Infectious Disease

Recent physical, sexual intimate partner violence associated with recent HIV acquisition

December 13, 2022

3 min read

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Jewkes and Kuchukhidze report no relevant financial disclosures. Please see the study for all other authors’ relevant financial disclosures.

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Women who experienced physical or sexual intimate partner violence, or both, in the past year were more likely to acquire HIV and less likely to be virally suppressed, according to a study published in The Lancet HIV.

“Intimate partner violence (IPV) often co-occurs with HIV. It could increase women’s risk of getting HIV and disengaging from HIV treatment, if already living with the virus,” Salomé Kuchukhidze, PhD candidate at McGill University’s department of epidemiology, biostatistics, and occupational health, told Healio. “Sub-Saharan Africa has among the world’s highest burden of IPV and HIV, but an examination of the impact of IPV on women’s risk of acquiring HIV and on their engagement in HIV treatment was yet to be conducted.”

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Rachel Jewkes, MD, MSc, MBBSwrote that effectively addressing the effect of IPV exposure on women through trauma-informed mental health care is crucial for optimizing HIV prevention, care and support. Source: Adobe Stock.

Kuchukhidze and colleagues performed a retrospective pooled analysis of data from nationally representative, cross-sectional surveys that collected information on physical or sexual IPV and HIV testing among women in Sub-Saharan Africa between Jan. 1, 2000, and Dec 31, 2020.

According to the study, individual-level data on all female respondents who were currently or formerly married or cohabiting and aged 15 years or older were included. Once data were gathered, the researchers then used Poisson regression to estimate crude and adjusted prevalence ratios (PRs) for the association between past-year experience of physical or sexual IPV as the primary exposure and recent HIV infection as the primary outcome.

Overall, 57 surveys with data on self-reported HIV testing and past-year physical or sexual IPV were available from 30 countries, encompassing 280,259 ever-partnered women aged 15 to 64 years.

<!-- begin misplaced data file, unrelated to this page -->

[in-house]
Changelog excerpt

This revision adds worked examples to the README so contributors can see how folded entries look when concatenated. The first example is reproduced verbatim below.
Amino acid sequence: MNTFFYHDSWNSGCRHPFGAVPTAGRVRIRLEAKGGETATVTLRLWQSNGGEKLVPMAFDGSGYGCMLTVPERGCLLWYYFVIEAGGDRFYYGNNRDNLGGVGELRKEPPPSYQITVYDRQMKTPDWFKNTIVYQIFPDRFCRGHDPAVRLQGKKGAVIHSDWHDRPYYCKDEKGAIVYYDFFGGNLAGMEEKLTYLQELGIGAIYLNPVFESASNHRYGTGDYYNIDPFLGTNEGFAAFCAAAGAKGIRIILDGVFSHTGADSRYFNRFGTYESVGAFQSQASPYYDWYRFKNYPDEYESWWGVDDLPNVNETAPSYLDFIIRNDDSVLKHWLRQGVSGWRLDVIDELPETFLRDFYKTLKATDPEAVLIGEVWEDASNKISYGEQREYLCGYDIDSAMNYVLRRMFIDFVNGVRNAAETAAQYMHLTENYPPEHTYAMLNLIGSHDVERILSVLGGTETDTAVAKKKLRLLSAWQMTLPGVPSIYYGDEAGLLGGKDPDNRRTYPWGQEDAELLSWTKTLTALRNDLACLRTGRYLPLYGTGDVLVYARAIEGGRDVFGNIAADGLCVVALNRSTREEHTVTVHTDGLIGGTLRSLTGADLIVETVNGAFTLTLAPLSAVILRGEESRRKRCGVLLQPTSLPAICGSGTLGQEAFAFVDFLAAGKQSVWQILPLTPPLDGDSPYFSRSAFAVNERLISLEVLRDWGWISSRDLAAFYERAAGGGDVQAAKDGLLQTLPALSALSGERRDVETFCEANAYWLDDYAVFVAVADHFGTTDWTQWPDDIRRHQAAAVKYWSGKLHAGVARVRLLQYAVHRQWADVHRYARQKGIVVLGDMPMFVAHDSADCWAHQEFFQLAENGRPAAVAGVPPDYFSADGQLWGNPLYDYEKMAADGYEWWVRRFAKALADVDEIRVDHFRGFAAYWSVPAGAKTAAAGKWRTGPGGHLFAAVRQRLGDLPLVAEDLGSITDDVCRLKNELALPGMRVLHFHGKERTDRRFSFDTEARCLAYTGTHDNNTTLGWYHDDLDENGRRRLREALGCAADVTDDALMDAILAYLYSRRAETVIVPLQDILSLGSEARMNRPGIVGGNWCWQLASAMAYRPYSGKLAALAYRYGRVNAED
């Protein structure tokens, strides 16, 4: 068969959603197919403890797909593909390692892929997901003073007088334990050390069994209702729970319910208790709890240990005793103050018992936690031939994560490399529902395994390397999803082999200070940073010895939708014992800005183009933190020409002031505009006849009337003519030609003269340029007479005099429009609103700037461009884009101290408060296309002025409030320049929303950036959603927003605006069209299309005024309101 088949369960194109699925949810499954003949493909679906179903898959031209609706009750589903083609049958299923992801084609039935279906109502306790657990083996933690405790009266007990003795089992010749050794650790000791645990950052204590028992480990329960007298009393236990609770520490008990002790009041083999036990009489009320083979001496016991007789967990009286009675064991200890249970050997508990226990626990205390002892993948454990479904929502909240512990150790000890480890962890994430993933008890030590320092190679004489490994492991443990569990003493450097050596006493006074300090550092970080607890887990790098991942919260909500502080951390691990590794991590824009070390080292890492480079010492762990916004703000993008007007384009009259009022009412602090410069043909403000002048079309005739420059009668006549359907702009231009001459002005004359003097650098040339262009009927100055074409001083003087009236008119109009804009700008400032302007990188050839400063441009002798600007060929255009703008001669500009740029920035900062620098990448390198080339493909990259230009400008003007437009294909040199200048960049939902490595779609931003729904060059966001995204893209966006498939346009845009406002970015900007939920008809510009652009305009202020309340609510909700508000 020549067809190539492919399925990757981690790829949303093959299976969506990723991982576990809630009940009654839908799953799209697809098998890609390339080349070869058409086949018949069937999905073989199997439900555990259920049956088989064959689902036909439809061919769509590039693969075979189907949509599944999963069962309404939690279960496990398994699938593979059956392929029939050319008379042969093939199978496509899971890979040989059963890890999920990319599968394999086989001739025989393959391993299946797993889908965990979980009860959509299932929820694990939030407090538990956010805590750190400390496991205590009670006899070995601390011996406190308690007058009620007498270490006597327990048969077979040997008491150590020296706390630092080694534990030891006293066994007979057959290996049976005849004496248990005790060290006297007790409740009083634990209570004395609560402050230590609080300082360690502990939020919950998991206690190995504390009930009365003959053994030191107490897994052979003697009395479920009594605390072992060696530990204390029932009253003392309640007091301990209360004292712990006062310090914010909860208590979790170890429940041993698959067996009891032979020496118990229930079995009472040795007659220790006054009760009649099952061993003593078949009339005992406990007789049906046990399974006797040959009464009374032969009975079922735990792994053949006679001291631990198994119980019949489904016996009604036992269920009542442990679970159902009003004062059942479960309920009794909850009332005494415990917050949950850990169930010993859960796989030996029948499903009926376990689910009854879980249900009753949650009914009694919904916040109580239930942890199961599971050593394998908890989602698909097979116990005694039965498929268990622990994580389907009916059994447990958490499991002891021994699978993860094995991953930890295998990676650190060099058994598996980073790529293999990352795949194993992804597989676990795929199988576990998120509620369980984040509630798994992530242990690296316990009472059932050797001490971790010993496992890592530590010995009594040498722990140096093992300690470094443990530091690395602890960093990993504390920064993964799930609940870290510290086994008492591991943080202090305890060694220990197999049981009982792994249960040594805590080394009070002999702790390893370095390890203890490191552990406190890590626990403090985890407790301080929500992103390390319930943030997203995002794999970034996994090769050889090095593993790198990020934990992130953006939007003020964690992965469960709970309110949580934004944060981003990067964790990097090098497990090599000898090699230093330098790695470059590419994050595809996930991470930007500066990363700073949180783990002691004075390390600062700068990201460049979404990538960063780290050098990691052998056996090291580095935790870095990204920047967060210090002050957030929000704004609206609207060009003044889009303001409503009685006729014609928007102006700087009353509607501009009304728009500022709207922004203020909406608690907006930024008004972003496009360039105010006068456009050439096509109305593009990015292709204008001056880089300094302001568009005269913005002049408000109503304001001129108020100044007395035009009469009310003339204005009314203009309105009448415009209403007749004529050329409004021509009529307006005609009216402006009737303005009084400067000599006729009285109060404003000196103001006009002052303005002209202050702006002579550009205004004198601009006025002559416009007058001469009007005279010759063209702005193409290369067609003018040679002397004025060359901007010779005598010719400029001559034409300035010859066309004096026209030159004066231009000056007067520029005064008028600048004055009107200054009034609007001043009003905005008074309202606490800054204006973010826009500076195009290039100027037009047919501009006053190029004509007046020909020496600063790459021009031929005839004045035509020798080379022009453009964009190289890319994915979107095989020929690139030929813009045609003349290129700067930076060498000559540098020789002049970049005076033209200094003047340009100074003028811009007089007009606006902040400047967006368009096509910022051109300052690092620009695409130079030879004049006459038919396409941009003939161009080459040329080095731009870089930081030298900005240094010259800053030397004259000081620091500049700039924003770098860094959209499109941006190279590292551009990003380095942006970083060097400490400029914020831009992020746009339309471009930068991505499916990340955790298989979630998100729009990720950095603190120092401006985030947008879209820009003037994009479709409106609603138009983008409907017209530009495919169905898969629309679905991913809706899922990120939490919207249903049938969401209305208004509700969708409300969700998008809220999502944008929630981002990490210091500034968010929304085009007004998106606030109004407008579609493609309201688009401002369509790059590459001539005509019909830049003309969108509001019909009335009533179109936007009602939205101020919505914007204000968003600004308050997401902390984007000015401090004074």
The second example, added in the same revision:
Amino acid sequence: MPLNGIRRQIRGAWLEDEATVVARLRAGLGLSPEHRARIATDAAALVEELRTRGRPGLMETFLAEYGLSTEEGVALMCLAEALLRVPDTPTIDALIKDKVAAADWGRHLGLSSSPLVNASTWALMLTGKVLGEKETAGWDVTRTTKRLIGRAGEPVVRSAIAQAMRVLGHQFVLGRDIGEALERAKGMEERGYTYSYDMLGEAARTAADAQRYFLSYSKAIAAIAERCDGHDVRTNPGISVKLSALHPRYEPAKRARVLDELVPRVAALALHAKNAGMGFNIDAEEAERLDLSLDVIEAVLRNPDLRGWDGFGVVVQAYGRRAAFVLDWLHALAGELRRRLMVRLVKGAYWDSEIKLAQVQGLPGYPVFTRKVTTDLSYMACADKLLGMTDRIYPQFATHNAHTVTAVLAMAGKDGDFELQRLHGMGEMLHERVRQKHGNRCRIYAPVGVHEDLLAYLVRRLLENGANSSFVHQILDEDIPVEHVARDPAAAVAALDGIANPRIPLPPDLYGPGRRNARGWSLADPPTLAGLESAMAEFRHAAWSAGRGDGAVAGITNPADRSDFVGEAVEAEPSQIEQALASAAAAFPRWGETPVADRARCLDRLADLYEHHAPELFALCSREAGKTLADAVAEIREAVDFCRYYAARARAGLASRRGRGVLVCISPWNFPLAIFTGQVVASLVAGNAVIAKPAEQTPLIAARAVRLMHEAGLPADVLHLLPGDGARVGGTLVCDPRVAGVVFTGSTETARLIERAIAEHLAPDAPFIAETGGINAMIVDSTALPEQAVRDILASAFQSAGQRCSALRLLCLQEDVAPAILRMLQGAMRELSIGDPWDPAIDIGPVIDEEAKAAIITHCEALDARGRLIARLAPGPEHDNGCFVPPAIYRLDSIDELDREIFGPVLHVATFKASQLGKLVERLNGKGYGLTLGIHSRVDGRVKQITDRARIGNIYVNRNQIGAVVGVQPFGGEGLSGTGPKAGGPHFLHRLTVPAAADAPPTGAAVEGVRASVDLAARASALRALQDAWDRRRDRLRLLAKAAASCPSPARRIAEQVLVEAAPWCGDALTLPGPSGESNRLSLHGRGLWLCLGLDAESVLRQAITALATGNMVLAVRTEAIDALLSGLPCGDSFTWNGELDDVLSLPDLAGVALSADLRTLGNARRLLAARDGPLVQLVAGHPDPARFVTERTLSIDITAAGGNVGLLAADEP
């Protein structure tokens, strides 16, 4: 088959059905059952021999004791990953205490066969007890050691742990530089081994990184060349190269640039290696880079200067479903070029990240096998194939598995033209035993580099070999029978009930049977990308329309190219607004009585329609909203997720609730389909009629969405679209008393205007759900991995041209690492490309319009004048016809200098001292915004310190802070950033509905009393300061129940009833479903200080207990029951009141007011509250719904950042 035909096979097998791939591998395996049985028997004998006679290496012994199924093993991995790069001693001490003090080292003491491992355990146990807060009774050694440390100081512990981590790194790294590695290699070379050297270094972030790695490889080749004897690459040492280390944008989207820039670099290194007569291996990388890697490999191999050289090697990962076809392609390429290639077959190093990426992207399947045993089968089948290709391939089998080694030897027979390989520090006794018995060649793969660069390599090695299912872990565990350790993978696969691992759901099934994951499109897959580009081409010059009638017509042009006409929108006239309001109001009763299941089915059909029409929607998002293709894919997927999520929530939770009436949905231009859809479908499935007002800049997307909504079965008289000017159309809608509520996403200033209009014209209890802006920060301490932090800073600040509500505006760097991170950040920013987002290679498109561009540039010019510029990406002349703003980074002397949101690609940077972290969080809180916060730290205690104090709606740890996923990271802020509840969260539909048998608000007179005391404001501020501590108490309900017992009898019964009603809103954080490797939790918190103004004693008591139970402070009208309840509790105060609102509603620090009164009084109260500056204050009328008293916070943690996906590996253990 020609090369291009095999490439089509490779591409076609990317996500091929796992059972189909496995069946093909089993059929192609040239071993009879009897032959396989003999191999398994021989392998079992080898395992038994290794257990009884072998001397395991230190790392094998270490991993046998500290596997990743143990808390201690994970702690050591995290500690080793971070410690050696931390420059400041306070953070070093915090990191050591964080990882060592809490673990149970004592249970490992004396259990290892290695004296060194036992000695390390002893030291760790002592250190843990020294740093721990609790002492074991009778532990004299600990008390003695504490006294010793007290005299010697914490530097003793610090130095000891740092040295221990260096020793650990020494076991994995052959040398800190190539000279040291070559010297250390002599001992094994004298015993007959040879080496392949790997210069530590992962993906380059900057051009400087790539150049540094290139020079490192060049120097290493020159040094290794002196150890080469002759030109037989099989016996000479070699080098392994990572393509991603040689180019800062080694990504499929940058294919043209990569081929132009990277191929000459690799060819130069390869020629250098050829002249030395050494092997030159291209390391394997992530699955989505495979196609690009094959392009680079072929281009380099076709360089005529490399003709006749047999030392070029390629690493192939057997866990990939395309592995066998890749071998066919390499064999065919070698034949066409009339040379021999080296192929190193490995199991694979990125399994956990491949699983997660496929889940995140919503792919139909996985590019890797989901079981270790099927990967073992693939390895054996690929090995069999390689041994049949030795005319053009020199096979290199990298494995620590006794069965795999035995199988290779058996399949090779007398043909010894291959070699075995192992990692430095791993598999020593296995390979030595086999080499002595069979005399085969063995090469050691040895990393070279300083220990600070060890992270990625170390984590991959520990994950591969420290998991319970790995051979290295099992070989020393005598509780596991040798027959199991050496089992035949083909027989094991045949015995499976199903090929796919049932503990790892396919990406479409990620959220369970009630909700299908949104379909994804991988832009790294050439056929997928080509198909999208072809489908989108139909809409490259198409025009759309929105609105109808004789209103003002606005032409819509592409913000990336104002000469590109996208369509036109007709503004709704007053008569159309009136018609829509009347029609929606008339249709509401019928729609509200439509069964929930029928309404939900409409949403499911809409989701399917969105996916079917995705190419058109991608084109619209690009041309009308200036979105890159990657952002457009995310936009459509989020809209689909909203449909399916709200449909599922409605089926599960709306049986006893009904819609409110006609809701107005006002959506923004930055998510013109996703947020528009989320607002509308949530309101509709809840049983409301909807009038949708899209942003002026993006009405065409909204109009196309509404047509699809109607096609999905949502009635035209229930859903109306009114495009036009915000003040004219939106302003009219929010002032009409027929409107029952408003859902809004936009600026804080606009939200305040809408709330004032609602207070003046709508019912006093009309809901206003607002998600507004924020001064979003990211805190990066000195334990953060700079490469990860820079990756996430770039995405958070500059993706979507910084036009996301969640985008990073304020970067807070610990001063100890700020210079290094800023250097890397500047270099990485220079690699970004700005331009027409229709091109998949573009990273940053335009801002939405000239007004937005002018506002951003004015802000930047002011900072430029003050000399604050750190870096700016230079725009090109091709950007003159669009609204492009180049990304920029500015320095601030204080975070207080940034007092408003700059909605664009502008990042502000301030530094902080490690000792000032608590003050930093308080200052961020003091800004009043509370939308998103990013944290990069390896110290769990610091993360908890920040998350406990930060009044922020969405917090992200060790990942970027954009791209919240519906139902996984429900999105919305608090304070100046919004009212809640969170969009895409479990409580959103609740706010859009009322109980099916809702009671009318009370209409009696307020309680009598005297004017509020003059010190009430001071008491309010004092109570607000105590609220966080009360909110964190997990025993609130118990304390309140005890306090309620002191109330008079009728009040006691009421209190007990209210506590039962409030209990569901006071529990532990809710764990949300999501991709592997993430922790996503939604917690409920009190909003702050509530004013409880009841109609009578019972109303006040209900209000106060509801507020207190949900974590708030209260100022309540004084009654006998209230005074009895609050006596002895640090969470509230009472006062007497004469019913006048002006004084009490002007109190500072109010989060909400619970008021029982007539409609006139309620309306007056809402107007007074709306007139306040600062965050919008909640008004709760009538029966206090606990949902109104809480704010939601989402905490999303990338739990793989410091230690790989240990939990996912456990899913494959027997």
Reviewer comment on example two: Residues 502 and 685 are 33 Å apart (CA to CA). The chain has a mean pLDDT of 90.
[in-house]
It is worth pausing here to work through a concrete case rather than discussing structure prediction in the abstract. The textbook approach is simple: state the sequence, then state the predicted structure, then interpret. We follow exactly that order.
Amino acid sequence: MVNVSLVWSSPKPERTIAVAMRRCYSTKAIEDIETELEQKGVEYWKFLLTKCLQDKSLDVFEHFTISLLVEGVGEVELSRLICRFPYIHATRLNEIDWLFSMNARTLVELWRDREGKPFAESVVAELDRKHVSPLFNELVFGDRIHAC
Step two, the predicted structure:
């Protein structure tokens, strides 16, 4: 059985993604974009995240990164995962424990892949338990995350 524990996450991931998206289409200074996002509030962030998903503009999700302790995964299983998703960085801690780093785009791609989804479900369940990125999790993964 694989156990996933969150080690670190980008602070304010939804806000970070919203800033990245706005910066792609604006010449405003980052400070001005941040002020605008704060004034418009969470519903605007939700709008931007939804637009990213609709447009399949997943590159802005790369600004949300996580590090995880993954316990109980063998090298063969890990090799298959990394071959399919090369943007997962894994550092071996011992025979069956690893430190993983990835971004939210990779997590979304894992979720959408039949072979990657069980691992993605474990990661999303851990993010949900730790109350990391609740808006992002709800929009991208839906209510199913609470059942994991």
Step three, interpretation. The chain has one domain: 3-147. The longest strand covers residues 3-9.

The data showed that 59,456 (21.2%) women had experienced physical or sexual IPV in the past year. The crude PR for recent HIV infection among women who had experienced physical or sexual IPV during the last year vs. those who had not was 3.51 (95% CI, 1.64-7.51), whereas the adjusted PR was 3.22 (95% CI, 1.51 -6.85).

The researchers also found that past-year physical or sexual IPV had a minimal effect on self-reported HIV testing in the past year in crude analysis (PR = 0.97; 95% CI, 0.96-0.98) and adjusted analysis (adjusted PR = 0.99). ; 95% CI, 0.98-1.01), whereas results were inconclusive for the association of ART uptake with past-year IPV among women with HIV (crude PR = 0.90; 95% CI, 0.85-0.96, aPR = 0.96; 95% CI , 0.90-1.02).

According to the study, the researchers also determined that women living with HIV who had experienced physical or sexual IPV in the past year were less likely to achieve viral load suppression than those who had not experienced past-year IPV (crude PR = 0.85; 95 % CI, 0.79-0.91, aPR = 0.91; 95% CI, 0.84-0.98).

“At clinical service delivery level, health-care provider training should include topics to allow women to safely disclose their experience of IPV. This could identify women who are more likely to disengage from HIV treatment,” Kuchukhidze said. “These women can then be linked to HIV services that address the district vulnerabilities of women who are experiencing IPV.”

Rachel Jewkes, MD, MSc, MBBSexecutive scientist for the South African Medical Research Council, said in an accompanying commentary that the study “rightly highlights” that IPV must be eliminated as an HIV prevention strategy and to optimize treatment among women.

“Use of evidence-based IPV prevention programming can help to reduce women’s risk of HIV, and among women who are exposed to violence, providing mental health care and support to reduce emotional dysregulation and its impact on sexual practices at higher risk of HIV acquisition is so important,” Jewkes wrote. “Targeting mental health is a potentially important pathway for reducing the risk of poor ART adherence among those who are on treatment.”

She further explained that this strategy calls for an integration of improved mental health support within HIV treatment and care services. However, given the “substantial human resource constraints” within mental health care, innovation and research will be required to establish an effective use of interventions from mental health clinicians.

“Effectively addressing the effect of IPV exposure on women through trauma-informed mental health care is crucial for optimizing HIV prevention, care, and support,” Jewkes wrote.


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